FIG. 21 is a schematic depiction of a frequency detection, tuning or stabilization system according to the present invention, hereinafter the “frequency processing system 1000.” A light source 1010 produces a light beam 1012 which is received by a grating block 1014. The grating block 1014 then may produce either or both of a passed beam 1016 and a diffracted beam 1018. The diffracted beam 1018 is received by a detector 1020, which provides a measurement signal 1022 that is received by a processing circuit 1024. Finally, the processing circuit 1024 may provide a control signal 1026 to the light source 1010.
 If the frequency processing system 1000 is used for frequency detection, the light source 1010 and the light beam 1012 are not, per se, required by the invention and the control signal 1026 is optional. In contrast, if the frequency processing system 1000 is used for frequency tuning or stabilization, the light source 1010, light beam 1012, and control signal 1026 are conceptually part of the overall invention.
 The light source 1010 can be conventional in nature. It produces the light beam 1012 with a wavelength component of interest, and optionally also with one or more wavelength components which are not of interest. The component of interest is herein referred to as λ1 and all other components are simply λ2.
 The light source 1010 may generate the light beam 1012 at a location potentially quite removed from the rest of the frequency processing system 1000, and then does not require conventional optics (not shown) to deliver the light beam 1012 to the grating block 1014.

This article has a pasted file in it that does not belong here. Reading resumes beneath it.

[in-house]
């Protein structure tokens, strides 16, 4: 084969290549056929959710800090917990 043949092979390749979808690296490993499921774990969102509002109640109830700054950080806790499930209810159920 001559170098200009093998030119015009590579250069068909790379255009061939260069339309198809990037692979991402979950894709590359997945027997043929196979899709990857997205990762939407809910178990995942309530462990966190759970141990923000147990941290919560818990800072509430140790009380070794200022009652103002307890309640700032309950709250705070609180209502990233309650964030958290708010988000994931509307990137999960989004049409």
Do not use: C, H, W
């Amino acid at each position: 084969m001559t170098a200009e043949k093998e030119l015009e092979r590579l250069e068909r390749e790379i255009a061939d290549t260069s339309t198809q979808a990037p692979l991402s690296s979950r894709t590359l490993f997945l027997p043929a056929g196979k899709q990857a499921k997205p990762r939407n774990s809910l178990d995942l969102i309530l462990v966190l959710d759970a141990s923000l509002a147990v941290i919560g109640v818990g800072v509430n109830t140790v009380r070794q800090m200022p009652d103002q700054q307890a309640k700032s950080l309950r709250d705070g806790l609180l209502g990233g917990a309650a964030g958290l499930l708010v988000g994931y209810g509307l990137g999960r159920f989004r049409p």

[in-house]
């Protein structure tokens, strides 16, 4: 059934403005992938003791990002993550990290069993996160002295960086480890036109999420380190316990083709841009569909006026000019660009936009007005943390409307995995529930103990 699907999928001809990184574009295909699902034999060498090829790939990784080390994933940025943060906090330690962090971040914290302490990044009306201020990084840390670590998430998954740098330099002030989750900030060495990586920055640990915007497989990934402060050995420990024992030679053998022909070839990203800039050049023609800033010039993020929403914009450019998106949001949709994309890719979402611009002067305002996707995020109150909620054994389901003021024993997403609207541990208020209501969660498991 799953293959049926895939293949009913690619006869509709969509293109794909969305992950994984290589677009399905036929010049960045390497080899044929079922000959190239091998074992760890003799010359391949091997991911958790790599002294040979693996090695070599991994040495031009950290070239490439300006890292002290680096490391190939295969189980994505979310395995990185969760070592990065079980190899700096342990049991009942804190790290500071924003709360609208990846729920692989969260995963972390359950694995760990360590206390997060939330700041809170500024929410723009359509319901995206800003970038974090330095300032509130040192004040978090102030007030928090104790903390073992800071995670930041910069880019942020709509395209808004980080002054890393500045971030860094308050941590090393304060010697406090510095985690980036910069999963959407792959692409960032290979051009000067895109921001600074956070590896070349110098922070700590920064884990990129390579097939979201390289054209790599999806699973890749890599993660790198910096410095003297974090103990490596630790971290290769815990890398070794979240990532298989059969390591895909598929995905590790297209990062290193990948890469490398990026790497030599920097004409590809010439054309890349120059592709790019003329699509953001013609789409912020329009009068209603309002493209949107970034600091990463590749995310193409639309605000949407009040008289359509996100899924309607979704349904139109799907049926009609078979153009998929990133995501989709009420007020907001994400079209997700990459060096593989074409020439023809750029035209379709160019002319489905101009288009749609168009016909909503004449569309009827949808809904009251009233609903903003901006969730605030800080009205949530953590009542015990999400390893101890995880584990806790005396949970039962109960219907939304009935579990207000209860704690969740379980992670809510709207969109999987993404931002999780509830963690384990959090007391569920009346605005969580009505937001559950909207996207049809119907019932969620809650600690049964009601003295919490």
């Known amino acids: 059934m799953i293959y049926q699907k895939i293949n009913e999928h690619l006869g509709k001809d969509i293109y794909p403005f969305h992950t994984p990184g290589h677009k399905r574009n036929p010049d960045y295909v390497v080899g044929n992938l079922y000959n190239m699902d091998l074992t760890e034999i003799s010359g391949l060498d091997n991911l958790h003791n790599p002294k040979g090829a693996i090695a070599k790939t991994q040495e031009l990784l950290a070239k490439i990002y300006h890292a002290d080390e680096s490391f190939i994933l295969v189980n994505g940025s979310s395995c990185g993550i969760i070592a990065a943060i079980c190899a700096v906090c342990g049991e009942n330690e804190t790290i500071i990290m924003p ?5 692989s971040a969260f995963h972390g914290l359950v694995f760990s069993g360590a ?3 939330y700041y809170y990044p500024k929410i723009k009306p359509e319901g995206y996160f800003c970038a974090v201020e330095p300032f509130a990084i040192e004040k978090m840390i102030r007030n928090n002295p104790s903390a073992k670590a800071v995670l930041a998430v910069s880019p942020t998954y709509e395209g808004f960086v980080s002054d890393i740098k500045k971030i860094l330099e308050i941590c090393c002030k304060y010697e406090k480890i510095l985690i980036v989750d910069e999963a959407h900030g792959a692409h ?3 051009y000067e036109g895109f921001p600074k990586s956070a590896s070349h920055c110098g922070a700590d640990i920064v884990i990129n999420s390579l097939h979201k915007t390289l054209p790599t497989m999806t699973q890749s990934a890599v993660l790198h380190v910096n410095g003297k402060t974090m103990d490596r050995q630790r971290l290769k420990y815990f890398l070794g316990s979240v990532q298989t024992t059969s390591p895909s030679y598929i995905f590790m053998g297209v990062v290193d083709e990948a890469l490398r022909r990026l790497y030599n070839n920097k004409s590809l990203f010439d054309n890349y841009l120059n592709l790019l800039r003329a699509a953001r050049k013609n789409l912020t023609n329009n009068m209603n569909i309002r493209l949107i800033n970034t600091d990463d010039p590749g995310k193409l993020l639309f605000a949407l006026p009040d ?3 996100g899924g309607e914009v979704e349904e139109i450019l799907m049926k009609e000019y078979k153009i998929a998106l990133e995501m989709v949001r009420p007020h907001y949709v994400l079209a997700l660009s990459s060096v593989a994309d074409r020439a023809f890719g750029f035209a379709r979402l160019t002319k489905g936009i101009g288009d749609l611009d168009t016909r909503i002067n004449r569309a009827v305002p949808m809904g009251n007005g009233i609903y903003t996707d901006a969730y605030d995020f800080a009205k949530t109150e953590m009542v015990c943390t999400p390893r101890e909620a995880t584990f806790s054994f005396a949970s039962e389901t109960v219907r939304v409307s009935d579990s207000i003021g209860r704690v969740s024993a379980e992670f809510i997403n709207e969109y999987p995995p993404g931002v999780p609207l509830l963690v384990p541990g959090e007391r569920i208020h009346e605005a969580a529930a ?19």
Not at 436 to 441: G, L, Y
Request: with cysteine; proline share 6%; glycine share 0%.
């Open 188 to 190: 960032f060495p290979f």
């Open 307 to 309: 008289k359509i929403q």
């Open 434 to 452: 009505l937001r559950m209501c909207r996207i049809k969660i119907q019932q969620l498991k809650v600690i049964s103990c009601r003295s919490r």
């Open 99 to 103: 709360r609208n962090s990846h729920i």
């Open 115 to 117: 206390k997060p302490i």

The grating block 1014 in this embodiment of the invention includes a first grating 1028 and a second grating 1030. These may be either planar or cubical gratings, the nature of which is described elsewhere herein. The gratings 1028, 1030 are provided with somewhat different diffractive characteristics, but with both based on the component of interest (λ1) in the light beam 1012.
 The detector 1020 is a position sensitive type aligned with respect to the grating block 1014 to sense where the diffracted beam 1018 exits. As will be described presently, where the diffracted beam 1018 exits the grating block 1014 is determined by selection of the diffractive characteristics of the gratings 1028, 1030 and by the actual frequency of the component of interest. The gratings 1028, 1030 will, of course, have relatively fixed characteristics. In contrast the frequency of the component of interest in the light beam 1012 may drift (i.e., become λ1±Δ). FIG. 21 depicts a arrangement where the detector 1020 may be a common bi-cell type producing the measurement signal 1022 as two voltages that are differentially combined in an early stage of the processing circuit 1024.
 The processing circuit 1024 is constructed based on the role of the frequency processing system 1000. If frequency detection is all that is desired, it can simply report on the frequency of the component of interest in the light beam 1012. If frequency tuning is desired, the processing circuit 1024 can instead or additionally generate the control signal 1026 to adjust the light source 1010 as needed. And if frequency stabilization is desired is desired, the processing circuit 1024 can provide ongoing feedback (servo control) to keep the light source 1010 consistently producing the component of interest specifically at the desired frequency.
 FIGS. 22A-D are graphs depicting wavelength verses intensity in the diffracted beam 1018 for a few possible scenarios in the frequency processing system 1000 of FIG. 21. In these figures, points 1050 a-g represent specific light wavelengths on the graph.
FIG. 22A represents an optimal situation. The intensity peak is at point 1050 d, which indicates that the component of interest in the light beam 1012 is at the desired frequency or wavelength (λ1).